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The notion of global health is now extremely important in the humanitarian sector. With the recognition of the global interconnected nature of individuals, the emergence of international donors, and funding programmes aimed at eradicating particular diseases, humanitarian organisations have become stakeholders in the development of a global agenda. The COVID19 pandemic, as with the threat that the Ebola epidemic in West Africa posed to the rest of the world in 2014-15, has reinforced this narrative of connected health, requiring global and concerted approaches. However, humanitarian actors, especially those involved in medical care, cannot limit themselves to this perspective. It is also at the level of the individual, the patient, that the therapeutic approach is defined, and therefore so is the success or failure of medical care. This is a constant negotiation between the norms of biomedicine, the autonomy of the patient, and the political and medical actors. It is on these negotiations that the present panel wishes to focus, opening the door to reflections on the relationship of care, medical quality or cooperation between international organisations and public health actors. The objective of the panel will thus be to explore medicine at the bedside of the patient and the factors that contribute to its management in crisis contexts.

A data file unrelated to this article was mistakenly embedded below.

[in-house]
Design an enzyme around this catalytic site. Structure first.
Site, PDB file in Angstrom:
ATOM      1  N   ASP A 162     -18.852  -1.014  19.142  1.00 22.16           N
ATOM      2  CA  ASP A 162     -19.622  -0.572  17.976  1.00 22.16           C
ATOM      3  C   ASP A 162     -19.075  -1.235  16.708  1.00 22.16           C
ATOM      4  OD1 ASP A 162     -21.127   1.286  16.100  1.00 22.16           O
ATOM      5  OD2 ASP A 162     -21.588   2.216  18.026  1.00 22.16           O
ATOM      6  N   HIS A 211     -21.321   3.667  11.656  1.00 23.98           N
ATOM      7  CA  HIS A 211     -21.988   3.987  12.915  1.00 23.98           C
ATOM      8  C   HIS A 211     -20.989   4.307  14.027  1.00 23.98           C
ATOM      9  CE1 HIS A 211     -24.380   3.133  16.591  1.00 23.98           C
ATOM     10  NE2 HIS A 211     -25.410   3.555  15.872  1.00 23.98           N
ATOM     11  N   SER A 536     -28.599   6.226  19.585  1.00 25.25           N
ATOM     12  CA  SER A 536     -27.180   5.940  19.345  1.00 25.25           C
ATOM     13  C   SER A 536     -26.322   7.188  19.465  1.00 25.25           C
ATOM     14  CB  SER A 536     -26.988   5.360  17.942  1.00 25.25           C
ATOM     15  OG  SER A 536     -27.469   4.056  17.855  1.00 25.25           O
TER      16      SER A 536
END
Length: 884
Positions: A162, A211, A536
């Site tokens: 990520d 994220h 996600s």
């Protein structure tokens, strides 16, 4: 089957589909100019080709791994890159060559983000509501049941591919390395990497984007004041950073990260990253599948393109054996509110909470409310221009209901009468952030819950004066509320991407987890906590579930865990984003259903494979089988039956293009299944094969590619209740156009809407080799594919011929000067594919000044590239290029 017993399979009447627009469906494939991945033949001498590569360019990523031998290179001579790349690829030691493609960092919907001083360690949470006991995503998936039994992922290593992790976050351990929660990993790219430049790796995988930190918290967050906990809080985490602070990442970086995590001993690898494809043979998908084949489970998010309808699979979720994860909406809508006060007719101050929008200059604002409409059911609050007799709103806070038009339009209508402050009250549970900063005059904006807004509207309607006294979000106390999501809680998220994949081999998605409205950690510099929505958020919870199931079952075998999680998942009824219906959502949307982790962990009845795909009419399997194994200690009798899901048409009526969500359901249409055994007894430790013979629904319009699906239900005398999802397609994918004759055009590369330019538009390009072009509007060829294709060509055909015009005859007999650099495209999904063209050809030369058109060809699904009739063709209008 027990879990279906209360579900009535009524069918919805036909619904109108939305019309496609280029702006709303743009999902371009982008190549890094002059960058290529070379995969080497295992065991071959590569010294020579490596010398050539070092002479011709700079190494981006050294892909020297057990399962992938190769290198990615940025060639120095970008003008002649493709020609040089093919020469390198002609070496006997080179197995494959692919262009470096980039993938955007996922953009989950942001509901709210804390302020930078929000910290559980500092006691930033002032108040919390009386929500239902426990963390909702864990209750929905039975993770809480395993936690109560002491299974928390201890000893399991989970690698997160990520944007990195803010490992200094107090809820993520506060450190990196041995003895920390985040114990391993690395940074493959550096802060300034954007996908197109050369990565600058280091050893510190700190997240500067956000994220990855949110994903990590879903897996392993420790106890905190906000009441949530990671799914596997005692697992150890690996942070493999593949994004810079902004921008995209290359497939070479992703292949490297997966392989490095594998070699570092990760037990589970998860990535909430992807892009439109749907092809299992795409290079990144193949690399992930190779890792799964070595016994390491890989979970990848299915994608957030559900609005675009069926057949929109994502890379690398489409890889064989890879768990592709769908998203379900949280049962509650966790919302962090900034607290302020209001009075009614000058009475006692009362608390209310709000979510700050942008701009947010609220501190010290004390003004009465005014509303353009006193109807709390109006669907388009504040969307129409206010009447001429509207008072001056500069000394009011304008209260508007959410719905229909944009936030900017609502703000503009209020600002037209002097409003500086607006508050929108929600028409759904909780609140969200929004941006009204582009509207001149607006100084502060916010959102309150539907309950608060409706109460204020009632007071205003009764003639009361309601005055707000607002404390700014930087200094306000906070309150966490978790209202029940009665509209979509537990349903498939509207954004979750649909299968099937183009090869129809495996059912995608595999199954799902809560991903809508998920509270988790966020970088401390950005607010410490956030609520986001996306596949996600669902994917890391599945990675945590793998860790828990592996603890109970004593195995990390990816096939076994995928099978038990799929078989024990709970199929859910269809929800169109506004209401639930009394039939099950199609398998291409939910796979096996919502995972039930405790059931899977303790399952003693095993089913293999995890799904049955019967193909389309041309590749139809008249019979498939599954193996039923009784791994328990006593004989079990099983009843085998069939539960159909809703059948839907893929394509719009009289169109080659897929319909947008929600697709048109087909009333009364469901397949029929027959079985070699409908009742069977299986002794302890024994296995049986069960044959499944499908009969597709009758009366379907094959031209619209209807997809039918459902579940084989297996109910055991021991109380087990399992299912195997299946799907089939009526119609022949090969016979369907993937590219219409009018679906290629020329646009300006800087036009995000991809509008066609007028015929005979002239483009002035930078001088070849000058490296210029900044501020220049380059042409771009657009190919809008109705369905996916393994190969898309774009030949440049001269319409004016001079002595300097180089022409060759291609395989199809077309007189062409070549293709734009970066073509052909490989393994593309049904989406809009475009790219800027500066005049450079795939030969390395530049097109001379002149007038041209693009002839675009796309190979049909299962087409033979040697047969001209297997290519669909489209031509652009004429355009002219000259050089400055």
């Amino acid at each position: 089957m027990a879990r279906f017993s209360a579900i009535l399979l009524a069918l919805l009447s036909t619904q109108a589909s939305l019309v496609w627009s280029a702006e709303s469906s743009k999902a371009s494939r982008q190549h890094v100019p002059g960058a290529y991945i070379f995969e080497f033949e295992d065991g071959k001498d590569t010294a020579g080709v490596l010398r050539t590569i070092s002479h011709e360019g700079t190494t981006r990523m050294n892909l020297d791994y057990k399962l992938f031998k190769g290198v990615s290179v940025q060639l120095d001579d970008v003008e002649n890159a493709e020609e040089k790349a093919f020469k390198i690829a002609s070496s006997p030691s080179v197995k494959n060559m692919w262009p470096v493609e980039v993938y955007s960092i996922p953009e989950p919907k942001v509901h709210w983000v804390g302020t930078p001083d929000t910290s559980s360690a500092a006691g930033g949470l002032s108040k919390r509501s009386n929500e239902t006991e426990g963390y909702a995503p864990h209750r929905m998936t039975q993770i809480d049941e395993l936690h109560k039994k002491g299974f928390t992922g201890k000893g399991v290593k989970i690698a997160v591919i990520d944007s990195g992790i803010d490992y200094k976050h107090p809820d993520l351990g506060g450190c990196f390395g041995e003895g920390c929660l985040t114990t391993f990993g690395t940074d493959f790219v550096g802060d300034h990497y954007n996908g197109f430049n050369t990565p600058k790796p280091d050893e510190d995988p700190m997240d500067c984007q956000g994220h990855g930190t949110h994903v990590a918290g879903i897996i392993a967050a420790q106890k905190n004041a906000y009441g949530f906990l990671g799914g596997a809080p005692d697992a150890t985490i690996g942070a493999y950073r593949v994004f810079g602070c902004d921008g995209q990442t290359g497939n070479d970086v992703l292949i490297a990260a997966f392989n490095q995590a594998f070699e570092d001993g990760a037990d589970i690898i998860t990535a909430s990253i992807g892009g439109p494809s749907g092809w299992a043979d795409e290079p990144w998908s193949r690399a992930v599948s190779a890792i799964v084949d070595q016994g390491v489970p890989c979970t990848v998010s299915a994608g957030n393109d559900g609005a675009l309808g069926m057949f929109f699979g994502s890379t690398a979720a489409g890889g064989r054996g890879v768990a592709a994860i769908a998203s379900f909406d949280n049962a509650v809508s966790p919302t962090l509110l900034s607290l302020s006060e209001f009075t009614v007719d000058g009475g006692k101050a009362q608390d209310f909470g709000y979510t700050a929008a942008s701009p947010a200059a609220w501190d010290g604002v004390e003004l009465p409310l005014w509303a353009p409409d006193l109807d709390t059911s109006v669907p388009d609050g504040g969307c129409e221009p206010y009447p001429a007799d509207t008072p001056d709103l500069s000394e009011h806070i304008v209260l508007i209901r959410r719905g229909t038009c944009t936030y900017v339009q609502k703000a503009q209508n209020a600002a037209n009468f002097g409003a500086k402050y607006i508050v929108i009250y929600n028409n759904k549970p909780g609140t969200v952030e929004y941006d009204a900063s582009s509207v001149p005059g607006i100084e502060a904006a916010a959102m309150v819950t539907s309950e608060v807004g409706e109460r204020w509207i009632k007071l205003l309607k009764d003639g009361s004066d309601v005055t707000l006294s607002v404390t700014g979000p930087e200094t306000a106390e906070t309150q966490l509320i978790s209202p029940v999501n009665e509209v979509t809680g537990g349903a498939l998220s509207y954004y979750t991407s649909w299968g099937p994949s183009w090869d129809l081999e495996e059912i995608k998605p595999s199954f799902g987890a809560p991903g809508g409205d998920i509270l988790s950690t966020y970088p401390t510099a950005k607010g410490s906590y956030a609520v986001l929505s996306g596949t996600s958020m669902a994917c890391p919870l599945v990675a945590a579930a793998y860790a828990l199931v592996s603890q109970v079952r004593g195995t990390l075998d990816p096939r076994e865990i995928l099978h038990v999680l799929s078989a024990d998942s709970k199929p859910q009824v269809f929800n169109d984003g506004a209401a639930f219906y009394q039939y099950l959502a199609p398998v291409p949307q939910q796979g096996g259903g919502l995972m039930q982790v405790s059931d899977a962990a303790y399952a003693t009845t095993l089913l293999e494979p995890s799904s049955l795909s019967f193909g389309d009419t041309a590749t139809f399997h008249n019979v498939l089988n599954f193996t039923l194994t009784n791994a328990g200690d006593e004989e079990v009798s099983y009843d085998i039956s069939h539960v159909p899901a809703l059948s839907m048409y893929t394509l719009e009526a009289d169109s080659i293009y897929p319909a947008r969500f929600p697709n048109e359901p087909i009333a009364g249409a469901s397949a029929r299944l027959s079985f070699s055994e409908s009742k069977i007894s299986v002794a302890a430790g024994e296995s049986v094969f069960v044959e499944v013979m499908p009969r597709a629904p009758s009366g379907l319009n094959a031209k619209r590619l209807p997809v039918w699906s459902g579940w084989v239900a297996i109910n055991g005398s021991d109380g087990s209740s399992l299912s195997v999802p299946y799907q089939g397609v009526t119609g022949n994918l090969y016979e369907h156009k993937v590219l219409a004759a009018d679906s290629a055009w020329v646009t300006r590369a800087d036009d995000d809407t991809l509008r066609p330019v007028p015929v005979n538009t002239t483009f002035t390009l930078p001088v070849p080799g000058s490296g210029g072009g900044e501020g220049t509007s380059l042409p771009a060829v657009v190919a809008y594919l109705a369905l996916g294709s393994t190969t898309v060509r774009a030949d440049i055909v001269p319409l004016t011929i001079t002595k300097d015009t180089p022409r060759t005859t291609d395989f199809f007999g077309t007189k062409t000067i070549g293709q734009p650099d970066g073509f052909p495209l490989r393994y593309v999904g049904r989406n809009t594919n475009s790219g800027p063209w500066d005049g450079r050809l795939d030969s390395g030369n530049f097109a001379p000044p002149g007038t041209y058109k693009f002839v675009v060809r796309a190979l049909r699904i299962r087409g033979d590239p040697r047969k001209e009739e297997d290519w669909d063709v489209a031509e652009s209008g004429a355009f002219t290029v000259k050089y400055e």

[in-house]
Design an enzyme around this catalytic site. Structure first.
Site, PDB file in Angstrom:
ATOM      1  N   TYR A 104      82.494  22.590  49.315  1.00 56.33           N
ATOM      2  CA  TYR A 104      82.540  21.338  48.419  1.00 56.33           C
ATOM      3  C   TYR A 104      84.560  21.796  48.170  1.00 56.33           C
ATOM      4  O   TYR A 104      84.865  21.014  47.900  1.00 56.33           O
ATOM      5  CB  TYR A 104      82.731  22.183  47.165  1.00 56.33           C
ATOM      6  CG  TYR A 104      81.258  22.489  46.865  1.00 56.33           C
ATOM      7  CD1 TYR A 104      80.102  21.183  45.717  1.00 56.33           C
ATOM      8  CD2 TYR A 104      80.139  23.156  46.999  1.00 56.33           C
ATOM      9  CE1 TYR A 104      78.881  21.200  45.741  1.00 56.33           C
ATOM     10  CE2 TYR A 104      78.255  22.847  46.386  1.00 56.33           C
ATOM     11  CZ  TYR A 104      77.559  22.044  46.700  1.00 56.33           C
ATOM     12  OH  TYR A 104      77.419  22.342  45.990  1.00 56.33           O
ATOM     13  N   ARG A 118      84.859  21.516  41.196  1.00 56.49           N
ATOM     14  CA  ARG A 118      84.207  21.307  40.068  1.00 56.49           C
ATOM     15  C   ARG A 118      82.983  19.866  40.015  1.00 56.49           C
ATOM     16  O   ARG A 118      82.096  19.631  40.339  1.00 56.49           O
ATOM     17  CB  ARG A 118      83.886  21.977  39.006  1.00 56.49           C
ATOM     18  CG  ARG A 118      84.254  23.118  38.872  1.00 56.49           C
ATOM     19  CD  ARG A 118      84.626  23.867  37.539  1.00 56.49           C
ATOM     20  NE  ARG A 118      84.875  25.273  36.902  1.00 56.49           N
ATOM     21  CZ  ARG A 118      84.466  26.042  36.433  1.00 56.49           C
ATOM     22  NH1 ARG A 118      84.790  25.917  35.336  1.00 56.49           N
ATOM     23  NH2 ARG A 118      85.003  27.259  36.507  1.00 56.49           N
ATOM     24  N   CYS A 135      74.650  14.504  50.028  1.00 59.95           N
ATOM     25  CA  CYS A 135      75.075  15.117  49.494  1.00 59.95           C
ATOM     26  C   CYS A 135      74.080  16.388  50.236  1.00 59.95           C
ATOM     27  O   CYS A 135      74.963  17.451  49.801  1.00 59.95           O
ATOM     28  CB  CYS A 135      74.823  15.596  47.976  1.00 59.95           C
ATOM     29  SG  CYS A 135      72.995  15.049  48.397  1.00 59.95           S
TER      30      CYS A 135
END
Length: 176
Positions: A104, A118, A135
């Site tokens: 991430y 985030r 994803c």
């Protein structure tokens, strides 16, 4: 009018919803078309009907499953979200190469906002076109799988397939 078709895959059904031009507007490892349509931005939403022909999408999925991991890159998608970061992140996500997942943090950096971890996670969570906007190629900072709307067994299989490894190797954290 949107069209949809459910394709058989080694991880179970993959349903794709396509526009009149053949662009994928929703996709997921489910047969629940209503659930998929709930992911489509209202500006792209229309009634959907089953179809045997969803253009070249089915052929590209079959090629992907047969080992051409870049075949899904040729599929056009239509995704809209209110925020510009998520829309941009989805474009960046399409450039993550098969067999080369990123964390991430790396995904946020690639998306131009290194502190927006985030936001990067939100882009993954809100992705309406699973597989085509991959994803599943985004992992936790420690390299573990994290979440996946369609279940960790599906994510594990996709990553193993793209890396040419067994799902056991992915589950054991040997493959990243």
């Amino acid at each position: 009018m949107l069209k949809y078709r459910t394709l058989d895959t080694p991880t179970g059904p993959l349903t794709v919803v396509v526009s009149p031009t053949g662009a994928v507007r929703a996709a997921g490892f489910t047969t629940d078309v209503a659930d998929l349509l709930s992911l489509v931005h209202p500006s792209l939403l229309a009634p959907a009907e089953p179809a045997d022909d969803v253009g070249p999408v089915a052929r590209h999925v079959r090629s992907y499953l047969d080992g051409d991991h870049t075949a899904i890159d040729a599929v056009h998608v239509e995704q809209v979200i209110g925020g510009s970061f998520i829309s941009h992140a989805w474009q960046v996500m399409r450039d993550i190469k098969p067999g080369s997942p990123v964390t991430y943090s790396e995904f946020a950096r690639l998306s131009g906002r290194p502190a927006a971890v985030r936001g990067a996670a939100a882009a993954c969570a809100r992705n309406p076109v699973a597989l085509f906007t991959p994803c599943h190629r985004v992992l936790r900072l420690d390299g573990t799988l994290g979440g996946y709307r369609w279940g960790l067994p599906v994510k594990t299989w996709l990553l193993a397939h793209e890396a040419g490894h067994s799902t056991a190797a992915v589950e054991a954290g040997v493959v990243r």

o Vanja Kovačič, Medical Anthropologist: War wounded care in an MSF programme (release of her book in December)
o Brigid Atterton, PhD, Researcher at The Humanitarian and Conflict Response Institute, The University of Manchester : Medical quality at MSF
o Marion Pechayre, PhD, Head of Mission Malawi - MSF France, or Fabrice Weissman, Director of Studies - CRASH: Medical quality through the lens of collaboration with local partners in the Covid-19 crisis.